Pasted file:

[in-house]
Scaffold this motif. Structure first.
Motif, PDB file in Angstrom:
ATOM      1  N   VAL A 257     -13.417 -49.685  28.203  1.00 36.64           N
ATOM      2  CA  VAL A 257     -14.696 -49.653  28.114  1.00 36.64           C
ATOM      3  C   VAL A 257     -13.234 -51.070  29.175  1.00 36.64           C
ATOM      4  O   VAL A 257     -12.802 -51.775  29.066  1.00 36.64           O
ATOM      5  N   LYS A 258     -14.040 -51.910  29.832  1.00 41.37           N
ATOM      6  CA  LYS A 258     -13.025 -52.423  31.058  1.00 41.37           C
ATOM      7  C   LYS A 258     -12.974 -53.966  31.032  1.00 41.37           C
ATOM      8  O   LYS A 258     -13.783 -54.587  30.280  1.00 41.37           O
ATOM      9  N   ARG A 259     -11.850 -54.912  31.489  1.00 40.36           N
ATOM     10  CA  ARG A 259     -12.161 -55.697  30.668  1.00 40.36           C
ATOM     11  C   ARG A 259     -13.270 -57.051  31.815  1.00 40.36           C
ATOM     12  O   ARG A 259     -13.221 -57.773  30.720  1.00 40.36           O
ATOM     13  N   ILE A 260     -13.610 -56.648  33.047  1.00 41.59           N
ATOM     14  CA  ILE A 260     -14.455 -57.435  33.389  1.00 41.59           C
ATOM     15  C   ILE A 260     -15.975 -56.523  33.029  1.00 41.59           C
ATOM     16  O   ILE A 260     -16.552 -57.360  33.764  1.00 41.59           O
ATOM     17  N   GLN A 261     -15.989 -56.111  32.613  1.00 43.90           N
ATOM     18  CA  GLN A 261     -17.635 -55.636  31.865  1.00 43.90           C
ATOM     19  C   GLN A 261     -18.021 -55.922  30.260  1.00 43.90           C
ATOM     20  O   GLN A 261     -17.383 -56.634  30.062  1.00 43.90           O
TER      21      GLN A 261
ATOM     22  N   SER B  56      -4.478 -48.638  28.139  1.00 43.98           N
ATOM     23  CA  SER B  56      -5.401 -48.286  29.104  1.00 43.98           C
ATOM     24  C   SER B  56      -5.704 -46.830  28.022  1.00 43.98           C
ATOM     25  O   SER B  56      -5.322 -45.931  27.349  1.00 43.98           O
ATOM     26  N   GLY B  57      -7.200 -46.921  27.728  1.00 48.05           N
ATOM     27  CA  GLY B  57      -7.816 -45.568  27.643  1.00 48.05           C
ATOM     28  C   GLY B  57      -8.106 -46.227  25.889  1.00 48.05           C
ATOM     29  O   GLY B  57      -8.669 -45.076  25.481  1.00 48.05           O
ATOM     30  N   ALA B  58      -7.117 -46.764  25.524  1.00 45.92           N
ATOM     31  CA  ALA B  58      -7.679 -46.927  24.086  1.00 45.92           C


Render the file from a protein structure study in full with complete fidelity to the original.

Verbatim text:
[in-house]
Scaffold this motif. Structure first.
Motif, PDB file in Angstrom:
ATOM      1  N   VAL A 257     -13.417 -49.685  28.203  1.00 36.64           N
ATOM      2  CA  VAL A 257     -14.696 -49.653  28.114  1.00 36.64           C
ATOM      3  C   VAL A 257     -13.234 -51.070  29.175  1.00 36.64           C
ATOM      4  O   VAL A 257     -12.802 -51.775  29.066  1.00 36.64           O
ATOM      5  N   LYS A 258     -14.040 -51.910  29.832  1.00 41.37           N
ATOM      6  CA  LYS A 258     -13.025 -52.423  31.058  1.00 41.37           C
ATOM      7  C   LYS A 258     -12.974 -53.966  31.032  1.00 41.37           C
ATOM      8  O   LYS A 258     -13.783 -54.587  30.280  1.00 41.37           O
ATOM      9  N   ARG A 259     -11.850 -54.912  31.489  1.00 40.36           N
ATOM     10  CA  ARG A 259     -12.161 -55.697  30.668  1.00 40.36           C
ATOM     11  C   ARG A 259     -13.270 -57.051  31.815  1.00 40.36           C
ATOM     12  O   ARG A 259     -13.221 -57.773  30.720  1.00 40.36           O
ATOM     13  N   ILE A 260     -13.610 -56.648  33.047  1.00 41.59           N
ATOM     14  CA  ILE A 260     -14.455 -57.435  33.389  1.00 41.59           C
ATOM     15  C   ILE A 260     -15.975 -56.523  33.029  1.00 41.59           C
ATOM     16  O   ILE A 260     -16.552 -57.360  33.764  1.00 41.59           O
ATOM     17  N   GLN A 261     -15.989 -56.111  32.613  1.00 43.90           N
ATOM     18  CA  GLN A 261     -17.635 -55.636  31.865  1.00 43.90           C
ATOM     19  C   GLN A 261     -18.021 -55.922  30.260  1.00 43.90           C
ATOM     20  O   GLN A 261     -17.383 -56.634  30.062  1.00 43.90           O
TER      21      GLN A 261
ATOM     22  N   SER B  56      -4.478 -48.638  28.139  1.00 43.98           N
ATOM     23  CA  SER B  56      -5.401 -48.286  29.104  1.00 43.98           C
ATOM     24  C   SER B  56      -5.704 -46.830  28.022  1.00 43.98           C
ATOM     25  O   SER B  56      -5.322 -45.931  27.349  1.00 43.98           O
ATOM     26  N   GLY B  57      -7.200 -46.921  27.728  1.00 48.05           N
ATOM     27  CA  GLY B  57      -7.816 -45.568  27.643  1.00 48.05           C
ATOM     28  C   GLY B  57      -8.106 -46.227  25.889  1.00 48.05           C
ATOM     29  O   GLY B  57      -8.669 -45.076  25.481  1.00 48.05           O
ATOM     30  N   ALA B  58      -7.117 -46.764  25.524  1.00 45.92           N
ATOM     31  CA  ALA B  58      -7.679 -46.927  24.086  1.00 45.92           C